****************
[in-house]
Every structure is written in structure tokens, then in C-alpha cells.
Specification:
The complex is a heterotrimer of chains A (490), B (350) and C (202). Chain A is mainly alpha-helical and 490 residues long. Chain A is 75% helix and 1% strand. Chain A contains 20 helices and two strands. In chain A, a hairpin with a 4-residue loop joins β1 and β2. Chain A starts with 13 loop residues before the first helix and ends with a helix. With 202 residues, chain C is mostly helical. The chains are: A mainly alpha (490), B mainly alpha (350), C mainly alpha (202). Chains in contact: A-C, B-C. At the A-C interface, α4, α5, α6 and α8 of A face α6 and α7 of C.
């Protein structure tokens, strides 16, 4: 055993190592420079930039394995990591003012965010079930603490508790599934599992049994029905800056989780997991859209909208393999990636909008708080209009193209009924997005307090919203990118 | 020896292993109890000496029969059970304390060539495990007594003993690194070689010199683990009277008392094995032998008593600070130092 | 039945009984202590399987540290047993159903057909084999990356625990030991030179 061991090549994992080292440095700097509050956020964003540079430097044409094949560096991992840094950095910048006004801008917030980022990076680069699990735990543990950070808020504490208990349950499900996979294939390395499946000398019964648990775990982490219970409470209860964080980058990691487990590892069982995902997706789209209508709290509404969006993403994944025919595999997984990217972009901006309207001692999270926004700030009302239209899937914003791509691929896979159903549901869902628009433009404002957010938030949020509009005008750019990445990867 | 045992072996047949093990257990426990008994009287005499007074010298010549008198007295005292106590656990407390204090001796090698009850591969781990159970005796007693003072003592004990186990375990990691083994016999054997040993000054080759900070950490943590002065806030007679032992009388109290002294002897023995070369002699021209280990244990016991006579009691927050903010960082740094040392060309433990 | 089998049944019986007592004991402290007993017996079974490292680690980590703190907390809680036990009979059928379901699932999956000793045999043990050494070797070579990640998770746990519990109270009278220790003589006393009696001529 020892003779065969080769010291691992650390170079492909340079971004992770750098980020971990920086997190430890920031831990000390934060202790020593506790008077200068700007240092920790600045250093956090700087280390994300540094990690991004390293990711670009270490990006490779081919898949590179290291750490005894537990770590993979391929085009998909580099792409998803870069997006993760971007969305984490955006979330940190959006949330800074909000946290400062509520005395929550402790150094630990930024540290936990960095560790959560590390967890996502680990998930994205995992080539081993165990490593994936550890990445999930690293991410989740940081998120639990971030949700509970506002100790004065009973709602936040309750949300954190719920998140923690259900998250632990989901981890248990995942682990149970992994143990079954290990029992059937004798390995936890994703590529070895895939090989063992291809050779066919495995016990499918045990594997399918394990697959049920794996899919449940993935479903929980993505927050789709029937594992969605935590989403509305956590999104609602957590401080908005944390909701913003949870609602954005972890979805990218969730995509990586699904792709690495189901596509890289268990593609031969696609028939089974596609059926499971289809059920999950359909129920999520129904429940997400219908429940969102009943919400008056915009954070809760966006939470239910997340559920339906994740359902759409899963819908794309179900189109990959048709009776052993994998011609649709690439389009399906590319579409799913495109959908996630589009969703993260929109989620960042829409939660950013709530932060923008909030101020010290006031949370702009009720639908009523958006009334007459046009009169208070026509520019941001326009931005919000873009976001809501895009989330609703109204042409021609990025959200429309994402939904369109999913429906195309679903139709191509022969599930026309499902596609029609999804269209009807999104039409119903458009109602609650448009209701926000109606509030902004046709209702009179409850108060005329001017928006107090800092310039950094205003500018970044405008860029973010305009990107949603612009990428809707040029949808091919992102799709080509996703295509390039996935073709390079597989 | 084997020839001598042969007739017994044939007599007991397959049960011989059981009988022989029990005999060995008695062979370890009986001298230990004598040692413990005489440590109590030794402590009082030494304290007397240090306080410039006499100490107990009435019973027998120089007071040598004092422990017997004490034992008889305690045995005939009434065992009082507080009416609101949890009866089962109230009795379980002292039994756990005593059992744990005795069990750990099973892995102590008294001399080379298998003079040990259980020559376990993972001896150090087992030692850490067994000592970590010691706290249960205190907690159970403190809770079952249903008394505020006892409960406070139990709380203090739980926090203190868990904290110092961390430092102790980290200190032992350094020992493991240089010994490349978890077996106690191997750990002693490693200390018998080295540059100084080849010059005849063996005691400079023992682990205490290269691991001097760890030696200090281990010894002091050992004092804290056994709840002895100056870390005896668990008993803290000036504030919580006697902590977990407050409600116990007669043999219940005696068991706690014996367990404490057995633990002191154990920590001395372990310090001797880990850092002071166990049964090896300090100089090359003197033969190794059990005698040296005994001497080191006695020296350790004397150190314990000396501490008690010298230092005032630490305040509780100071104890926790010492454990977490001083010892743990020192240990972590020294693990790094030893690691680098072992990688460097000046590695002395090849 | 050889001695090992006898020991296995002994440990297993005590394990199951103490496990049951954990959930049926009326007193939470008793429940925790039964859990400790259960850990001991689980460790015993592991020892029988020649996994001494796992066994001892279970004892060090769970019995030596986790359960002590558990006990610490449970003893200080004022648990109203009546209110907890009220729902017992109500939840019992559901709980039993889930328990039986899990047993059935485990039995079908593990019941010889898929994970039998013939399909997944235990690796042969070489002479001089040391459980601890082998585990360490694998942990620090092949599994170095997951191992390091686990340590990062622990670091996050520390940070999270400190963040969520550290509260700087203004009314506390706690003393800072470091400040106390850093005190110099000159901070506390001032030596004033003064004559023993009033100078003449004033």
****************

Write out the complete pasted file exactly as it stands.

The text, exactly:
[in-house]
Every structure is written in structure tokens, then in C-alpha cells.
Specification:
The complex is a heterotrimer of chains A (490), B (350) and C (202). Chain A is mainly alpha-helical and 490 residues long. Chain A is 75% helix and 1% strand. Chain A contains 20 helices and two strands. In chain A, a hairpin with a 4-residue loop joins β1 and β2. Chain A starts with 13 loop residues before the first helix and ends with a helix. With 202 residues, chain C is mostly helical. The chains are: A mainly alpha (490), B mainly alpha (350), C mainly alpha (202). Chains in contact: A-C, B-C. At the A-C interface, α4, α5, α6 and α8 of A face α6 and α7 of C.
């Protein structure tokens, strides 16, 4: 055993190592420079930039394995990591003012965010079930603490508790599934599992049994029905800056989780997991859209909208393999990636909008708080209009193209009924997005307090919203990118 | 020896292993109890000496029969059970304390060539495990007594003993690194070689010199683990009277008392094995032998008593600070130092 | 039945009984202590399987540290047993159903057909084999990356625990030991030179 061991090549994992080292440095700097509050956020964003540079430097044409094949560096991992840094950095910048006004801008917030980022990076680069699990735990543990950070808020504490208990349950499900996979294939390395499946000398019964648990775990982490219970409470209860964080980058990691487990590892069982995902997706789209209508709290509404969006993403994944025919595999997984990217972009901006309207001692999270926004700030009302239209899937914003791509691929896979159903549901869902628009433009404002957010938030949020509009005008750019990445990867 | 045992072996047949093990257990426990008994009287005499007074010298010549008198007295005292106590656990407390204090001796090698009850591969781990159970005796007693003072003592004990186990375990990691083994016999054997040993000054080759900070950490943590002065806030007679032992009388109290002294002897023995070369002699021209280990244990016991006579009691927050903010960082740094040392060309433990 | 089998049944019986007592004991402290007993017996079974490292680690980590703190907390809680036990009979059928379901699932999956000793045999043990050494070797070579990640998770746990519990109270009278220790003589006393009696001529 020892003779065969080769010291691992650390170079492909340079971004992770750098980020971990920086997190430890920031831990000390934060202790020593506790008077200068700007240092920790600045250093956090700087280390994300540094990690991004390293990711670009270490990006490779081919898949590179290291750490005894537990770590993979391929085009998909580099792409998803870069997006993760971007969305984490955006979330940190959006949330800074909000946290400062509520005395929550402790150094630990930024540290936990960095560790959560590390967890996502680990998930994205995992080539081993165990490593994936550890990445999930690293991410989740940081998120639990971030949700509970506002100790004065009973709602936040309750949300954190719920998140923690259900998250632990989901981890248990995942682990149970992994143990079954290990029992059937004798390995936890994703590529070895895939090989063992291809050779066919495995016990499918045990594997399918394990697959049920794996899919449940993935479903929980993505927050789709029937594992969605935590989403509305956590999104609602957590401080908005944390909701913003949870609602954005972890979805990218969730995509990586699904792709690495189901596509890289268990593609031969696609028939089974596609059926499971289809059920999950359909129920999520129904429940997400219908429940969102009943919400008056915009954070809760966006939470239910997340559920339906994740359902759409899963819908794309179900189109990959048709009776052993994998011609649709690439389009399906590319579409799913495109959908996630589009969703993260929109989620960042829409939660950013709530932060923008909030101020010290006031949370702009009720639908009523958006009334007459046009009169208070026509520019941001326009931005919000873009976001809501895009989330609703109204042409021609990025959200429309994402939904369109999913429906195309679903139709191509022969599930026309499902596609029609999804269209009807999104039409119903458009109602609650448009209701926000109606509030902004046709209702009179409850108060005329001017928006107090800092310039950094205003500018970044405008860029973010305009990107949603612009990428809707040029949808091919992102799709080509996703295509390039996935073709390079597989 | 084997020839001598042969007739017994044939007599007991397959049960011989059981009988022989029990005999060995008695062979370890009986001298230990004598040692413990005489440590109590030794402590009082030494304290007397240090306080410039006499100490107990009435019973027998120089007071040598004092422990017997004490034992008889305690045995005939009434065992009082507080009416609101949890009866089962109230009795379980002292039994756990005593059992744990005795069990750990099973892995102590008294001399080379298998003079040990259980020559376990993972001896150090087992030692850490067994000592970590010691706290249960205190907690159970403190809770079952249903008394505020006892409960406070139990709380203090739980926090203190868990904290110092961390430092102790980290200190032992350094020992493991240089010994490349978890077996106690191997750990002693490693200390018998080295540059100084080849010059005849063996005691400079023992682990205490290269691991001097760890030696200090281990010894002091050992004092804290056994709840002895100056870390005896668990008993803290000036504030919580006697902590977990407050409600116990007669043999219940005696068991706690014996367990404490057995633990002191154990920590001395372990310090001797880990850092002071166990049964090896300090100089090359003197033969190794059990005698040296005994001497080191006695020296350790004397150190314990000396501490008690010298230092005032630490305040509780100071104890926790010492454990977490001083010892743990020192240990972590020294693990790094030893690691680098072992990688460097000046590695002395090849 | 050889001695090992006898020991296995002994440990297993005590394990199951103490496990049951954990959930049926009326007193939470008793429940925790039964859990400790259960850990001991689980460790015993592991020892029988020649996994001494796992066994001892279970004892060090769970019995030596986790359960002590558990006990610490449970003893200080004022648990109203009546209110907890009220729902017992109500939840019992559901709980039993889930328990039986899990047993059935485990039995079908593990019941010889898929994970039998013939399909997944235990690796042969070489002479001089040391459980601890082998585990360490694998942990620090092949599994170095997951191992390091686990340590990062622990670091996050520390940070999270400190963040969520550290509260700087203004009314506390706690003393800072470091400040106390850093005190110099000159901070506390001032030596004033003064004559023993009033100078003449004033």